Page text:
One of our key insights: 79 percent of people leave managers, not companies.
It’s often reductive to say you left a certain company. The chances are, you didn’t leave a company, you left a manager.
You left a manager who made your work life (and sometimes your personal life) difficult to the point where you were willing to leave a secure position and enter an unknown situation. It’s time to take a hard look at how managers are affecting your retention rates and how you can improve them.
Here’s how you can be a better manager:
1. Know what you’re doing
Are you aware of each of your team members responsibilities? Do you know how to do their work if you had to?
If you know what your employees do and how they do it, you are better able to identify when obstacles arise. It’s your job as a manager to remove those obstacles.
You’re qualified to reach across departments and find the key stakeholders to help you remove obstacles. You’re able to prevent needless obstacles by being your employee’s voice in steering meetings. At the same time, you must allow your employees to do their work without constant micromanaging.
2. Resolve interpersonal problems
It’s your responsibility to resolve any interpersonal problems on your team.
Members of the same team who do not get along cause contention and anxiety for the whole team. Your employees will look to you, and they should, to fix those issues. Make friends with your HR team and get their advice on how to proceed.
Sometimes people are in the wrong positions, have the wrong responsibilities, or are unhappy. You don’t need to resort to letting someone go until you’ve tried to find a better fit for them. Occasionally you will come across an employee who is poisoning the team with inefficiency or is not performing up to par.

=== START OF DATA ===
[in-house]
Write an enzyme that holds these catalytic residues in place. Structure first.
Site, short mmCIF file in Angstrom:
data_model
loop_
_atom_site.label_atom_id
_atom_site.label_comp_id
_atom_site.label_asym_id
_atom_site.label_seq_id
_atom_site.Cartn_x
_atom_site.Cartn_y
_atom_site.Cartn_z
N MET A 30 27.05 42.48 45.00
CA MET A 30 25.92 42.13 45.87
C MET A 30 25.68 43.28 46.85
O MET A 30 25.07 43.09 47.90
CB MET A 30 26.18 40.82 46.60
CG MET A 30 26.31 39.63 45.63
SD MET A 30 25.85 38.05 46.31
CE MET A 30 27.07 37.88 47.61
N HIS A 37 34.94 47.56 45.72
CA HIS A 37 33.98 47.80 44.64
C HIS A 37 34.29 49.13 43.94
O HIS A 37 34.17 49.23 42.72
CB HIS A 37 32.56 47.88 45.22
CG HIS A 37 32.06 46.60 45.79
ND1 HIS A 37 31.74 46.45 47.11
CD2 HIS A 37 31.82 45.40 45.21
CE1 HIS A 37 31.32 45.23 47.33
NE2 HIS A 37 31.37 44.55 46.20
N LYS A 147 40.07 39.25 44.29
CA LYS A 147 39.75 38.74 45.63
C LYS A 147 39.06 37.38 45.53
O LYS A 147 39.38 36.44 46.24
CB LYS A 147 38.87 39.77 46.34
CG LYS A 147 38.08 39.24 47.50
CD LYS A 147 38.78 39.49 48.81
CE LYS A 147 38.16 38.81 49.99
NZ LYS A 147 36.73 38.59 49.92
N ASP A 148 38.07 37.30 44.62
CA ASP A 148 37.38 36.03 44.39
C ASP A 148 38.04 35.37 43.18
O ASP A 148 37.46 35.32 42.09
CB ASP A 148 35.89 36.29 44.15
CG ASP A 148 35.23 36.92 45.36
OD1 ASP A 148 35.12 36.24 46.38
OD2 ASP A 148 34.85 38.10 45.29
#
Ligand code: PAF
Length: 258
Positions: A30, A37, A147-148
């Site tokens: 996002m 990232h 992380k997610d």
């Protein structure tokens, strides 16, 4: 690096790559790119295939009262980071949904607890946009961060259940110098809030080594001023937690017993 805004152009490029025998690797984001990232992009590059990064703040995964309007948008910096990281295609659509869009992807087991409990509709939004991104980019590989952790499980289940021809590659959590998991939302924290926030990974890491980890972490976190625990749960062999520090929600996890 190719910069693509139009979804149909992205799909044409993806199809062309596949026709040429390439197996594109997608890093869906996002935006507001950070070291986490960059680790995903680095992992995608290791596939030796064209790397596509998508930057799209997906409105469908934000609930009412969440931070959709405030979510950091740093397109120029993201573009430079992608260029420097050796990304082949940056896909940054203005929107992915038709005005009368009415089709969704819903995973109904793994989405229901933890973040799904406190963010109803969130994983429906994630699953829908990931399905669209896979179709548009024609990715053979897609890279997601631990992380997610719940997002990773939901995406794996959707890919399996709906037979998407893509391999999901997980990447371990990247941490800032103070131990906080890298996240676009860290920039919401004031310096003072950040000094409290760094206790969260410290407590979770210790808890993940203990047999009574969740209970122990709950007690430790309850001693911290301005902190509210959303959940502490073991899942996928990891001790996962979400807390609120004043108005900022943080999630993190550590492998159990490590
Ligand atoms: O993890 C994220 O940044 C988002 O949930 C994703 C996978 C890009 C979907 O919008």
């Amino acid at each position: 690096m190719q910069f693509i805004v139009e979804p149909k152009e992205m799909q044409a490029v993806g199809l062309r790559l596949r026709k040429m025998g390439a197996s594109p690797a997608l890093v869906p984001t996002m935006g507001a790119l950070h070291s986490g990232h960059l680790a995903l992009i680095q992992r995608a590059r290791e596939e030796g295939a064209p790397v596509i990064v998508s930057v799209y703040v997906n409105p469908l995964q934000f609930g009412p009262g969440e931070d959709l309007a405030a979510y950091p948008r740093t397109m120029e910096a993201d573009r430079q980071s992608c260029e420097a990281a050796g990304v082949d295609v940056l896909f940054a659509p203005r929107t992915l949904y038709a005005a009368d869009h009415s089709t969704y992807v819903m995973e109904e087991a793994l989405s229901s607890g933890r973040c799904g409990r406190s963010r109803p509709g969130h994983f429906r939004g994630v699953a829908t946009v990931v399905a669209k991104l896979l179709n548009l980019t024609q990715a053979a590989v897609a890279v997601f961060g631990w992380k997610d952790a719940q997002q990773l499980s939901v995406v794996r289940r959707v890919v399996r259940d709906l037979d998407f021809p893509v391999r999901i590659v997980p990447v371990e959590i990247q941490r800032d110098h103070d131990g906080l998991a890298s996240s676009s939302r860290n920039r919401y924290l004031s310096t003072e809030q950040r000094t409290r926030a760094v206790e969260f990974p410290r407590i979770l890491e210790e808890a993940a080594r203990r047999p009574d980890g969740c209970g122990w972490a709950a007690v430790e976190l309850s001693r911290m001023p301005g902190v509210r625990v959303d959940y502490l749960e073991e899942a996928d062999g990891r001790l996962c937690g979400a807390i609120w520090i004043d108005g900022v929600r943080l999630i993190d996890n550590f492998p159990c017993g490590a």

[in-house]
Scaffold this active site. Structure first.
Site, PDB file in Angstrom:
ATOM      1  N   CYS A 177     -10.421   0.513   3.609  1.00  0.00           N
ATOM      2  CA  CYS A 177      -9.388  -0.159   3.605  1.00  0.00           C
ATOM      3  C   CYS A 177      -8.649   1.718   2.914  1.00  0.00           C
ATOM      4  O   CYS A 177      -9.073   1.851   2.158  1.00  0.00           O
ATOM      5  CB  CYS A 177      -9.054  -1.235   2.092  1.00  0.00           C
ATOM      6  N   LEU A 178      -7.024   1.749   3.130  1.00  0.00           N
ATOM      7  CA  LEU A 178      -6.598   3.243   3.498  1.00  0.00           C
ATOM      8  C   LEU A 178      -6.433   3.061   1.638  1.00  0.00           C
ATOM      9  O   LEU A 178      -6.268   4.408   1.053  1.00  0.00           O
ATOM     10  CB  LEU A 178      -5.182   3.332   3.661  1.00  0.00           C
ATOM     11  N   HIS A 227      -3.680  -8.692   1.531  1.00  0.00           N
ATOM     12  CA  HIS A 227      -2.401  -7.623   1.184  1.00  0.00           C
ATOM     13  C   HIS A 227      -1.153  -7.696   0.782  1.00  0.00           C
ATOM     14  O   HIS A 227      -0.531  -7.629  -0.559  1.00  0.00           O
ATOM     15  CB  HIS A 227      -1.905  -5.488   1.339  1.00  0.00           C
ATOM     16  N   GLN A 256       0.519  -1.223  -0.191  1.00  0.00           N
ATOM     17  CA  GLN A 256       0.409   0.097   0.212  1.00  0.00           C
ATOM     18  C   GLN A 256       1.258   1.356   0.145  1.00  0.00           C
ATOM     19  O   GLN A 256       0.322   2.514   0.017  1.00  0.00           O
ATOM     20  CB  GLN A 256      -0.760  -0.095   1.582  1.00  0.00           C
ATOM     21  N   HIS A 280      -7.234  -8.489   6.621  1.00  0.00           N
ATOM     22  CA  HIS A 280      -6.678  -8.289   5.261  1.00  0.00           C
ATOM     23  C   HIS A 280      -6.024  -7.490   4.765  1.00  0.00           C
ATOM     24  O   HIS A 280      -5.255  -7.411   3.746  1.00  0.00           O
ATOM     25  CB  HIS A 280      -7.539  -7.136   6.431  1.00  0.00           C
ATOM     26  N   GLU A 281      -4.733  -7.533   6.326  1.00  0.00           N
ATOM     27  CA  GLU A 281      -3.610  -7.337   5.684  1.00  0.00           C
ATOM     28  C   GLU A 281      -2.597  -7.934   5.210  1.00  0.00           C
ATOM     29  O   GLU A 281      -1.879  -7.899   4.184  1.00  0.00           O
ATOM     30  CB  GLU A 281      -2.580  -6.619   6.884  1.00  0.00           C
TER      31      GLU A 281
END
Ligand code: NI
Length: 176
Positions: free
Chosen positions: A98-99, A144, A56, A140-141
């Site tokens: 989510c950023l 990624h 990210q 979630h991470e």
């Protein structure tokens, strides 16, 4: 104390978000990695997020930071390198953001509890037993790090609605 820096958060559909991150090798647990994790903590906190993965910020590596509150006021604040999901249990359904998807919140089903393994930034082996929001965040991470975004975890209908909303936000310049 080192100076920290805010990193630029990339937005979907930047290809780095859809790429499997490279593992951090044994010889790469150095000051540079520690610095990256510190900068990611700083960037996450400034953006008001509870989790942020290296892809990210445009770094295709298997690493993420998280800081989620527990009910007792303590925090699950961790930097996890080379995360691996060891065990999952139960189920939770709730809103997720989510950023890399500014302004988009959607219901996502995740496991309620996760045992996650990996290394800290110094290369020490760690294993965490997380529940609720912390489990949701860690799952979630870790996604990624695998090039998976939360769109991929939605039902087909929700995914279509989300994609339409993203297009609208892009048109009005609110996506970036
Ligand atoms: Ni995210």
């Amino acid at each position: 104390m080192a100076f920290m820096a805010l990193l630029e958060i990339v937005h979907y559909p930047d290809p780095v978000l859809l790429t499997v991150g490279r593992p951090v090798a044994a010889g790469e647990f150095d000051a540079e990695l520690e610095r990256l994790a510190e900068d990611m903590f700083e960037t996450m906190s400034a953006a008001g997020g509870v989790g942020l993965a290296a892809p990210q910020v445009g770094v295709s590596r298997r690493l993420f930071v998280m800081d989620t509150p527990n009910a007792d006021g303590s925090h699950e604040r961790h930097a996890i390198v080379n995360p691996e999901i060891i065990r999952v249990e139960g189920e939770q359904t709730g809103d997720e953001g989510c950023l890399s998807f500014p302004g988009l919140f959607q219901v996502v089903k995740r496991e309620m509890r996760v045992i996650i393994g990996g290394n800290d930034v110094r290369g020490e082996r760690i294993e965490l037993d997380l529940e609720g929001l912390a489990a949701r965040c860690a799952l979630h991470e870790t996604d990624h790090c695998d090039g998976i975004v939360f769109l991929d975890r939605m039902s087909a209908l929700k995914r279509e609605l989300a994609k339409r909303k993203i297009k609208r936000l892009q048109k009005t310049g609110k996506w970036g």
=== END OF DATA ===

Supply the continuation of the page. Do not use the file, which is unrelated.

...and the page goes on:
In many states employment law is specific about what you can and cannot do. Your HR team will assist you in taking the next steps.
3. Trust your employees
If there’s anything I can emphasize it’s that you should trust your employees to do their work and produce great results.
Employees in high trust environments perform better and innovate more. Trust them with smaller projects until you can hand over medium to large projects.
If a project fails, it doesn’t mean the employee failed. Find out what happened and work together with your employee to deliver a better outcome.
4. Be clear about expectations
Employees who understand where the company is going and what their role is in accomplishing the strategic vision are more likely to engage tactically.
Your employees should know what your expectations are so they can meet or exceed them. Keep them informed about company changes or long range goals. Help your employees want to build your company.
5. Say “yes”
I’ve never understood managers who want to keep their employees under lock and key. Say “yes.”
Let them take vacation time. Tell them to stay home when they’re sick. Allow them flexible work environments. Be OK with telecommuting.
It comes back to trusting your employees: You set up this team, do you trust they can do the work? Nothing else matters if the work is getting done and getting done well.
6. Limit gossip and tearing down
It should go without saying, but gossip and interpersonal drama will kill a team.
Do not gossip about your employees with other team members. Decline to participate in gossip in meetings. Do not allow public destruction of an employee with tactics intended to humiliate.
You may think you are making an example of them, but all it sends to your employees is the message that they will be next. Fear and drama destroy teams, they do not build them.
7. Encourage and appreciate
Once your employees know where they’re going and that they are going there together, make sure you are encouraging their work as often as possible.
Set up regular recognition goals as well as informal appreciation. Tell them “thank you.” Make sure you attribute great ideas to the employee who came up with them. Call out a great performer during a meeting.
Award, gift, and appreciate them. You will keep this great team you’ve built running and producing exceptional work.
What are you doing now to become a better manager?
This was originally published on the OC Tanner blog.